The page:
Why Businesses Don’t Grow – Part 1

1 year ago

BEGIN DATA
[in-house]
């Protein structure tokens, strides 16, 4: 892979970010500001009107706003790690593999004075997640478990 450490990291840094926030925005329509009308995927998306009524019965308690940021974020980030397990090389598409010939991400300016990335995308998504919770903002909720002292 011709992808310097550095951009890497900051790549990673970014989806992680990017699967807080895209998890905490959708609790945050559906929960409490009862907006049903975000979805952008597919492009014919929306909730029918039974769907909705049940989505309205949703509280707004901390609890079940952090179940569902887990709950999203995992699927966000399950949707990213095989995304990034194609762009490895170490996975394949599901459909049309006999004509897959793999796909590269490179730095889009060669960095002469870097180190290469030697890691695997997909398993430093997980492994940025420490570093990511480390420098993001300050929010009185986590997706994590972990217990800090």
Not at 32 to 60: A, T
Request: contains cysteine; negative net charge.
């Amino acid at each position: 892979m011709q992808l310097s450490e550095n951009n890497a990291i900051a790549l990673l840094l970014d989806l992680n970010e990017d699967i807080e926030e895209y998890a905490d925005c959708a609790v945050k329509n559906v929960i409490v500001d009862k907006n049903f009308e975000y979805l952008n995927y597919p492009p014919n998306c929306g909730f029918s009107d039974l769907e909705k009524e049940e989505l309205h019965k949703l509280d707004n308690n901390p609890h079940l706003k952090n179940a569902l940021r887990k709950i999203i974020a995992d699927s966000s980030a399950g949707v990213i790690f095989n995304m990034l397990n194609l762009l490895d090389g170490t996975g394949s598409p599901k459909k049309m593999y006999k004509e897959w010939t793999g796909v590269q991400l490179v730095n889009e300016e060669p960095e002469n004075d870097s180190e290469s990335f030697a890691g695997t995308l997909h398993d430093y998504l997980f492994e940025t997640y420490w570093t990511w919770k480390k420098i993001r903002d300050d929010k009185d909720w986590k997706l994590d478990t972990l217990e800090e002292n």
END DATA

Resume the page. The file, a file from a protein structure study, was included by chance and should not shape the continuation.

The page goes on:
It’s the last quarter of the financial year and the management team has gone offsite for a 2 day strategy retreat. Everyone has spent time pouring out their thoughts on how the business can move forward and the strategy team has developed the business strategy for the next 12 months. Everyone returns to the office with so much vigour and excitement. Fast forward to 12 months later and it’s time for another management retreat. As the discussions progress, the CEO makes a shocking observation, “Wait a minute” he says, “how come we’re exactly where we were last year?” Practically every business executive has experienced this scenario in one shape or form before. In his book, Execution: The Art of Getting Things Done, Ram Charan points out that 70% of strategic failures are due to poor execution of leadership and not for lack of smarts or vision. In my experience working with countless Nigeria businesses, I can say that number is probably closer to 80%. One of the major reasons why businesses do not grow is their poor execution skills, not the absence of a strategy. In a one-on-one chat with Yomi Awobokun, CEO ENYO Retail & Supply and former CEO of Oando Downstream, he clearly articulated  the relationship between having a strategy and executing it when he said that “Strategy is Execution!” The first problem I find in organisations that execute poorly is that the management team do not understand the importance of clarifying the definition of success across the entire organisation and not just among the management team. Several businesses especially in our country craft strategic objectives without the input of the people who interface with the customers on a daily basis. And so when “management” comes up with the strategic objectives they consider critical for the organisation’s next phase of growth, there are two fundamental problems: i) the strategy is only well understood by the people who crafted it, and ii) the people required to implement see a lot of gaps and as such, their next step is unclear. To get optimal performance within the organisation, everyone responsible for execution needs to clearly understand “the win” – that one goal, activity or result that drives everything else within the organisation. From our interaction with employees of several companies on various projects, we have found that only about 10 percent of employees understand their business’ definition of the win. In many cases, there are too many definitions of “the win” while in some cases, there is either no clear goal at all or the goal changes too frequently. In addition to clarifying “the win” across the organisation, there must be a clear roadmap that articulates the critical path to achieving that goal and that roadmap must be communicated across the organisation. Too many teams within organisations lack a coherent roadmap. When you talk to members of the same team in an organisation, you will find different versions of what should be the same strategic objective. This creates confusion and duplication of efforts – a lot of activity but no traction. The next thing is to ensure that there are reports that shows what the organisation measures per time. In many cases, the key measures of success are either unclear or they are not tracked and kept. The problem with this is that the organisation is unable to drive the kind of behaviour that produces results. A friend of mine was speaking to a leader of another organisation who told him that he stopped asking for and keeping reports because his numbers were too depressing. That’s precisely what you should not be doing regardless of how depressing your numbers appear to be. Lastly, the organisation must ensure that people are held accountable for their actions or inaction. There must be a performance evaluation system in place that holds people accountable weekly, monthly, quarterly, half-yearly and annually. In most cases, one in ten groups of teams meets regularly to review the progress made on the achievement of their goals. When alignment with the corporate objective is not checked regularly, the results will be undesirable by the end of the year. Deji Agboade helps clients execute their growth strategies at BPI Advisory, a consulting firm making it easier to grow and scale businesses in Africa. Check us out at bpiadvisory.com and on social media @dagboade or @bpi_advisory

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